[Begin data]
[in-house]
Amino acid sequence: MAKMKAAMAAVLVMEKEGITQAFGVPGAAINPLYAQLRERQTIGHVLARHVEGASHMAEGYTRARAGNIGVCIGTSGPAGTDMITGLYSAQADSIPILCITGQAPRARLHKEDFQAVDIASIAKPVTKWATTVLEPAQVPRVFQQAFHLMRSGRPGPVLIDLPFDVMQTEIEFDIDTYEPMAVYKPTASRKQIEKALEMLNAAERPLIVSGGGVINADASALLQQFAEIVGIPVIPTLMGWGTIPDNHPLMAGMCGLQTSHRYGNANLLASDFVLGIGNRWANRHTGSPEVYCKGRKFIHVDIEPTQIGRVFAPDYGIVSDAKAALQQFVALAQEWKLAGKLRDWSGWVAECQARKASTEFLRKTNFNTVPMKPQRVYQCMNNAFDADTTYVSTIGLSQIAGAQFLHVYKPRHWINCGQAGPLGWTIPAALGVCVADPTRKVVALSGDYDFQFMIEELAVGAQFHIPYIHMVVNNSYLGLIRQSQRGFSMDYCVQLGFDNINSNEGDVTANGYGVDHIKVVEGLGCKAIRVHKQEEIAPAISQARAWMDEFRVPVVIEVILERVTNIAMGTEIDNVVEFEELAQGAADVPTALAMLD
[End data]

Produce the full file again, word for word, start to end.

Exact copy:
[in-house]
Amino acid sequence: MAKMKAAMAAVLVMEKEGITQAFGVPGAAINPLYAQLRERQTIGHVLARHVEGASHMAEGYTRARAGNIGVCIGTSGPAGTDMITGLYSAQADSIPILCITGQAPRARLHKEDFQAVDIASIAKPVTKWATTVLEPAQVPRVFQQAFHLMRSGRPGPVLIDLPFDVMQTEIEFDIDTYEPMAVYKPTASRKQIEKALEMLNAAERPLIVSGGGVINADASALLQQFAEIVGIPVIPTLMGWGTIPDNHPLMAGMCGLQTSHRYGNANLLASDFVLGIGNRWANRHTGSPEVYCKGRKFIHVDIEPTQIGRVFAPDYGIVSDAKAALQQFVALAQEWKLAGKLRDWSGWVAECQARKASTEFLRKTNFNTVPMKPQRVYQCMNNAFDADTTYVSTIGLSQIAGAQFLHVYKPRHWINCGQAGPLGWTIPAALGVCVADPTRKVVALSGDYDFQFMIEELAVGAQFHIPYIHMVVNNSYLGLIRQSQRGFSMDYCVQLGFDNINSNEGDVTANGYGVDHIKVVEGLGCKAIRVHKQEEIAPAISQARAWMDEFRVPVVIEVILERVTNIAMGTEIDNVVEFEELAQGAADVPTALAMLD